- 2000: Measures of Success: Addressing Environmental Impairments in the Saginaw River and Saginaw Bay (PDF 480Kb 56 pages) completed.
- 1998: Saginaw River/Bay Remedial Action Plan (PDF 18.93Mb 620 pages)
- 1995: Saginaw River/Bay Remedial Action Plan: Draft 1995 Biennial Report Volume I (PDF 12.75Mb 290 pages) completed. Volume 2: Appendices (PDF 11.06Mb 292 pages).
- 1995: Remedial Action Plan for the Saginaw River and Saginaw Bay Area of Concern: Summary Report (PDF 719Kb 12 pages) completed.
- 1995: Partnership for the Saginaw Bay Watershed (serves as the Saginaw River/Bay AOC PAC) formed.
Recent progress and achievements
- The Saginaw Bay Greenways Collaborative represents a group of local, state, and federal agencies, nonprofit organizations, and concerned citizens united around the goal of developing a green infrastructure system in Saginaw, Bay, and Midland counties. This group has created a vision for a green infrastructure network by using a scientific and community participation approach to identify land best suited for conservation and recreation in Saginaw, Bay, and Midland counties. The Collaborative identified and mapped important green infrastructure elements (hubs, cores, and corridors) across the tri-county region and has made this information available via the 2005 publication A Vision of Green for Michigan’s Bay, Midland and Saginaw Counties (PDF) (46pp, 6.7MB). The document can be used by municipal leaders and decision makers for pertinent land use plans at all scales and jurisdictions.
- Genesee, Lapeer, and Shiawassee Greenway Initiative Project - This project will continue the greenways planning activities that began in Midland, Saginaw, and Bay counties. The project will include research, planning, design, public involvement, and outreach education activities. Spearheaded by the University of Michigan-Flint and the Flint River Watershed Coalition, this project will connect planned greenways in the Detroit area with those being planned in mid-Michigan.
- Identifying Priority Conservation: A Green Infrastructure Based Strategy for the Tittabawassee River Watershed: East Central Michigan Planning in collaboration with land conservancies has developed a green infrastructure based strategy for the identification of priority conservation lands within the Tittabawassee River watershed. Utilizing the principles of green infrastructure, a strategy has been developed to evaluate and target properties for protection within the watershed. Geographic Information Systems and other planning information were the predominant tools used in the creation of this strategy. The strategy is complete.
- Evaluation of Lake Sturgeon in the Saginaw River Watershed - The origin, distribution and spawning success of lake sturgeon is unknown. During this three-year project, the U.S. Fish and Wildlife Service Alpena Fishery Resources Office will investigate the Tittabawassee, Shiawassee, Cass, and Saginaw Rivers to determine if lake sturgeon are utilizing these rivers for spawning. The study area includes the free flowing portions of these rivers from Lake Huron up river to the first impassable barrier. Anecdotal reports by recreational anglers indicate that occasionally adult lake sturgeon are being captured below the lowhead dam on the Tittabawassee River near the town of Midland. Information gathered will provide essential data required to guide future habitat protection, enhancement, and restoration activities in the Saginaw River watershed. This project will be a crucial first step in determining the present and potential contribution of lake sturgeon from the Saginaw River watershed to adjacent populations in Saginaw Bay and Lake Huron. In addition, this effort is consistent with Michigan Department of Natural Resources' (MDNR) Lake Sturgeon Rehabilitation Strategy.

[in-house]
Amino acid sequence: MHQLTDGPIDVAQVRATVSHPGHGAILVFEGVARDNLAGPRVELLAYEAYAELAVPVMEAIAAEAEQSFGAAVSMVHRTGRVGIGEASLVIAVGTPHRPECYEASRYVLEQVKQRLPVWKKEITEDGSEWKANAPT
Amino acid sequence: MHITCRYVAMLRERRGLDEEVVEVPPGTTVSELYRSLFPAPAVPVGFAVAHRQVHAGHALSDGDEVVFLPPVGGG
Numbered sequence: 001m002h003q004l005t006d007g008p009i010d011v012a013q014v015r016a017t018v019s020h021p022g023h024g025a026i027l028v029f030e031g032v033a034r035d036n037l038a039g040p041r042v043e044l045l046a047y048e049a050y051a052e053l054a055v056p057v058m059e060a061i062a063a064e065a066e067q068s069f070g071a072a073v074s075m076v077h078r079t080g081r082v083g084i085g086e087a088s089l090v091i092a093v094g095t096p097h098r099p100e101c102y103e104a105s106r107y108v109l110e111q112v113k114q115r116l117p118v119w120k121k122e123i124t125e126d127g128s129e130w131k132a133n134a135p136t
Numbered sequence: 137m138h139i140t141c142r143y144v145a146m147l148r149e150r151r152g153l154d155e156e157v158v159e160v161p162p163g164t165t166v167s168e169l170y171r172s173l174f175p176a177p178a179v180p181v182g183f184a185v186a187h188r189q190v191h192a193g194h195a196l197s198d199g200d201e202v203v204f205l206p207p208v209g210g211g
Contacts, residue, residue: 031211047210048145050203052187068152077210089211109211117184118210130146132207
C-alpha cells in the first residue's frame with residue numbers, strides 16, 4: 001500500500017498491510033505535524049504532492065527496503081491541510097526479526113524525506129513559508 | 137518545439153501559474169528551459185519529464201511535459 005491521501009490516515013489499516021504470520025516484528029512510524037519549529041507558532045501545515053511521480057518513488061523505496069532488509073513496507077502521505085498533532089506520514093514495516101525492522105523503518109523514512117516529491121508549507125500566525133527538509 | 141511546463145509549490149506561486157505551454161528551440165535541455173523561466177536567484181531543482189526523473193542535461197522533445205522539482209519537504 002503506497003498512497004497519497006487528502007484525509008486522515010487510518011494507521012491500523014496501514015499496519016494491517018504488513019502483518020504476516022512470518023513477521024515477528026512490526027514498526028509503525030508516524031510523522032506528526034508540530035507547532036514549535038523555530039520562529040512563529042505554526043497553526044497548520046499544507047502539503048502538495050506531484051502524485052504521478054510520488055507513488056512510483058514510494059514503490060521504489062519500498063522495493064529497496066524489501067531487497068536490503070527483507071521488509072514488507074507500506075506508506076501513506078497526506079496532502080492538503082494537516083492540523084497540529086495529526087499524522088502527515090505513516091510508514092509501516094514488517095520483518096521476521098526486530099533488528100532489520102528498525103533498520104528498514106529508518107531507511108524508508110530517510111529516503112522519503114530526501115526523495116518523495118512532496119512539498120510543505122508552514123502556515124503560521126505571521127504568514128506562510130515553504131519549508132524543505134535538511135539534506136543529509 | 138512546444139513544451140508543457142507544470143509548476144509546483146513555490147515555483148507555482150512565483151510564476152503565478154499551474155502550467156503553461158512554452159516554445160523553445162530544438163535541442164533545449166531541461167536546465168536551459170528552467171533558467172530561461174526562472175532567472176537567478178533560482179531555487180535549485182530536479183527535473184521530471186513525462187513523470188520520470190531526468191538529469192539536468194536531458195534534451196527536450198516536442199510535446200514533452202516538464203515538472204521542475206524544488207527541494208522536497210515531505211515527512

- Promoting Healthy Choices of Fish and Wildlife Consumption from the Saginaw, Shiawassee and Tittabawassee Rivers - This project will develop informational materials related to contamination of edible fishes in these rivers. The project will identify choices made by local fish and wildlife harvesters along these rivers including amount, type, and frequency of fish and wildlife consumption from the Saginaw, Shiawassee, and Tittabawassee Rivers. Outreach materials will be developed and distributed to promote healthy local fish and wildlife consumption choices, and reduce exposure to PBT chemicals.
- Enhancing Fish Passage Over Low-head Barrier Dams in the Saginaw River Watershed - Based on research presented in the WIN Water Resources Fisheries Scoping Study. This document details lack of access to appropriate spawning areas caused by dams as a critical issue facing the natural reproduction of the Saginaw Bay fishery. In October 2003, the Partnership hired PSC to conduct an assessment and develop information for communities and resource managers to help identify the most cost-effective options -- including dam removal -- for enhancing fish passage over barrier dams to achieve the targeted, sustainable fish population goals for Saginaw Bay. This report is intended to help dam owners make informed and collaborative decisions about the future of their dam. It strives to establish social, economic, and ecological contexts for decision making and describes potential costs and benefits of enhancing fish passage in several key tributaries in the Saginaw River watershed. The report was completed in December 2005.